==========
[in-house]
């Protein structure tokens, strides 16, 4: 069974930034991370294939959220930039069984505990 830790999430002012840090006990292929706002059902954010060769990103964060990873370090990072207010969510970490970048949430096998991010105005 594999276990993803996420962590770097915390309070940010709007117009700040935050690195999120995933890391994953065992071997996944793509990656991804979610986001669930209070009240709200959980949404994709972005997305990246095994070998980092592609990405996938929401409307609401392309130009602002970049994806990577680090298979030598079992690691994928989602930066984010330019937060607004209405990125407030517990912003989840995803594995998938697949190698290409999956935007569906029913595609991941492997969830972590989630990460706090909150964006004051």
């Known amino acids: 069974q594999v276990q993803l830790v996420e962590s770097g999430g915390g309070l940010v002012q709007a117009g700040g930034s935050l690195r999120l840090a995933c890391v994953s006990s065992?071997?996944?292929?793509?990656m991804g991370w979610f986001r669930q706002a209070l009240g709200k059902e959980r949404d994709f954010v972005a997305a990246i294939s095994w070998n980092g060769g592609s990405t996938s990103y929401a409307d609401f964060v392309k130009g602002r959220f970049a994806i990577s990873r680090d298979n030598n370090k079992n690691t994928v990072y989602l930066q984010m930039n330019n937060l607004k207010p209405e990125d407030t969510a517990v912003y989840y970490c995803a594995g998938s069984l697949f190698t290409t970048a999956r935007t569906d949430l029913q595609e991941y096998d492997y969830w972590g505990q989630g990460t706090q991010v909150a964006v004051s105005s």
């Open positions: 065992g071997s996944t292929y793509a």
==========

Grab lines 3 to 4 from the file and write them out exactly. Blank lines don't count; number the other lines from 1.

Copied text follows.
């Known amino acids: 069974q594999v276990q993803l830790v996420e962590s770097g999430g915390g309070l940010v002012q709007a117009g700040g930034s935050l690195r999120l840090a995933c890391v994953s006990s065992?071997?996944?292929?793509?990656m991804g991370w979610f986001r669930q706002a209070l009240g709200k059902e959980r949404d994709f954010v972005a997305a990246i294939s095994w070998n980092g060769g592609s990405t996938s990103y929401a409307d609401f964060v392309k130009g602002r959220f970049a994806i990577s990873r680090d298979n030598n370090k079992n690691t994928v990072y989602l930066q984010m930039n330019n937060l607004k207010p209405e990125d407030t969510a517990v912003y989840y970490c995803a594995g998938s069984l697949f190698t290409t970048a999956r935007t569906d949430l029913q595609e991941y096998d492997y969830w972590g505990q989630g990460t706090q991010v909150a964006v004051s105005s």
């Open positions: 065992g071997s996944t292929y793509a």